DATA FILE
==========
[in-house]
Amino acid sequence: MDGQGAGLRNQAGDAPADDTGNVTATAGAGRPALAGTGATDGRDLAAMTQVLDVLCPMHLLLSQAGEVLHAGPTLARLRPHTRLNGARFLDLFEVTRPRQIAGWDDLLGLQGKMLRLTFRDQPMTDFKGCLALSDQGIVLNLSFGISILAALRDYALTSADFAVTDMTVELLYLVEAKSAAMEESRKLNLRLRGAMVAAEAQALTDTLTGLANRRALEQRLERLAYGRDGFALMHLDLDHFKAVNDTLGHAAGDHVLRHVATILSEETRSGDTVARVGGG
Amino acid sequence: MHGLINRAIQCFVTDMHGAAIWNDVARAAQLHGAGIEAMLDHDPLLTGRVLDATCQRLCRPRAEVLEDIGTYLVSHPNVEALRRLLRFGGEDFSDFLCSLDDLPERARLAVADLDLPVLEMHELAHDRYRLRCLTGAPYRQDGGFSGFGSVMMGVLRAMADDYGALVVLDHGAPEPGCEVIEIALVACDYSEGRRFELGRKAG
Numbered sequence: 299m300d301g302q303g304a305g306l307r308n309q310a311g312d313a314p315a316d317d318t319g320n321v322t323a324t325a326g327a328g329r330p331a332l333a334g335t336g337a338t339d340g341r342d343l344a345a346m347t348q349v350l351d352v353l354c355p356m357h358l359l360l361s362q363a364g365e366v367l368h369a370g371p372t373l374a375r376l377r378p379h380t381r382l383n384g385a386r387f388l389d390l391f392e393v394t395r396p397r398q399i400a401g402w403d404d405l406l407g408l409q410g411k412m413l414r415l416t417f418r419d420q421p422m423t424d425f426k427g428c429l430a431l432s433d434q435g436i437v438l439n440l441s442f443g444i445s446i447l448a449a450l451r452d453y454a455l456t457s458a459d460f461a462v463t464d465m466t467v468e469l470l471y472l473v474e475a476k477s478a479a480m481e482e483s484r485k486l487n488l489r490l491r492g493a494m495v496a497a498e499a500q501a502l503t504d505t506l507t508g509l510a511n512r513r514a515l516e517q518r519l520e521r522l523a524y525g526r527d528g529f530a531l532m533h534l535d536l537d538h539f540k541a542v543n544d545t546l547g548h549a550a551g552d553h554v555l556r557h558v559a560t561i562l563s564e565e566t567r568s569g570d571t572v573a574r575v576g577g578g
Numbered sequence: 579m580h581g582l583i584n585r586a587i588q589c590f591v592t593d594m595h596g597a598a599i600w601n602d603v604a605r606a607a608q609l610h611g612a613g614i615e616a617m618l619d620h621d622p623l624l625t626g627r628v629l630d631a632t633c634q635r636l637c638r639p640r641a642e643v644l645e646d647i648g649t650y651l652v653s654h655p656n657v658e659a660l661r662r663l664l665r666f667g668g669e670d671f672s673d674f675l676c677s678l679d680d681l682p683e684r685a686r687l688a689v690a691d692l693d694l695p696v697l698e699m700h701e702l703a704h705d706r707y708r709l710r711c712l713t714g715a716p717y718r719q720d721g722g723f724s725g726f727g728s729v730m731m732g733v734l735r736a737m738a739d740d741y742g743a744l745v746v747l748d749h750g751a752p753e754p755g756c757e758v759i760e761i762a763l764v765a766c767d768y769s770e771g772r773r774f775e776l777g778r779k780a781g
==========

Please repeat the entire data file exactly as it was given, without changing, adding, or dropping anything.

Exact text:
[in-house]
Amino acid sequence: MDGQGAGLRNQAGDAPADDTGNVTATAGAGRPALAGTGATDGRDLAAMTQVLDVLCPMHLLLSQAGEVLHAGPTLARLRPHTRLNGARFLDLFEVTRPRQIAGWDDLLGLQGKMLRLTFRDQPMTDFKGCLALSDQGIVLNLSFGISILAALRDYALTSADFAVTDMTVELLYLVEAKSAAMEESRKLNLRLRGAMVAAEAQALTDTLTGLANRRALEQRLERLAYGRDGFALMHLDLDHFKAVNDTLGHAAGDHVLRHVATILSEETRSGDTVARVGGG
Amino acid sequence: MHGLINRAIQCFVTDMHGAAIWNDVARAAQLHGAGIEAMLDHDPLLTGRVLDATCQRLCRPRAEVLEDIGTYLVSHPNVEALRRLLRFGGEDFSDFLCSLDDLPERARLAVADLDLPVLEMHELAHDRYRLRCLTGAPYRQDGGFSGFGSVMMGVLRAMADDYGALVVLDHGAPEPGCEVIEIALVACDYSEGRRFELGRKAG
Numbered sequence: 299m300d301g302q303g304a305g306l307r308n309q310a311g312d313a314p315a316d317d318t319g320n321v322t323a324t325a326g327a328g329r330p331a332l333a334g335t336g337a338t339d340g341r342d343l344a345a346m347t348q349v350l351d352v353l354c355p356m357h358l359l360l361s362q363a364g365e366v367l368h369a370g371p372t373l374a375r376l377r378p379h380t381r382l383n384g385a386r387f388l389d390l391f392e393v394t395r396p397r398q399i400a401g402w403d404d405l406l407g408l409q410g411k412m413l414r415l416t417f418r419d420q421p422m423t424d425f426k427g428c429l430a431l432s433d434q435g436i437v438l439n440l441s442f443g444i445s446i447l448a449a450l451r452d453y454a455l456t457s458a459d460f461a462v463t464d465m466t467v468e469l470l471y472l473v474e475a476k477s478a479a480m481e482e483s484r485k486l487n488l489r490l491r492g493a494m495v496a497a498e499a500q501a502l503t504d505t506l507t508g509l510a511n512r513r514a515l516e517q518r519l520e521r522l523a524y525g526r527d528g529f530a531l532m533h534l535d536l537d538h539f540k541a542v543n544d545t546l547g548h549a550a551g552d553h554v555l556r557h558v559a560t561i562l563s564e565e566t567r568s569g570d571t572v573a574r575v576g577g578g
Numbered sequence: 579m580h581g582l583i584n585r586a587i588q589c590f591v592t593d594m595h596g597a598a599i600w601n602d603v604a605r606a607a608q609l610h611g612a613g614i615e616a617m618l619d620h621d622p623l624l625t626g627r628v629l630d631a632t633c634q635r636l637c638r639p640r641a642e643v644l645e646d647i648g649t650y651l652v653s654h655p656n657v658e659a660l661r662r663l664l665r666f667g668g669e670d671f672s673d674f675l676c677s678l679d680d681l682p683e684r685a686r687l688a689v690a691d692l693d694l695p696v697l698e699m700h701e702l703a704h705d706r707y708r709l710r711c712l713t714g715a716p717y718r719q720d721g722g723f724s725g726f727g728s729v730m731m732g733v734l735r736a737m738a739d740d741y742g743a744l745v746v747l748d749h750g751a752p753e754p755g756c757e758v759i760e761i762a763l764v765a766c767d768y769s770e771g772r773r774f775e776l777g778r779k780a781g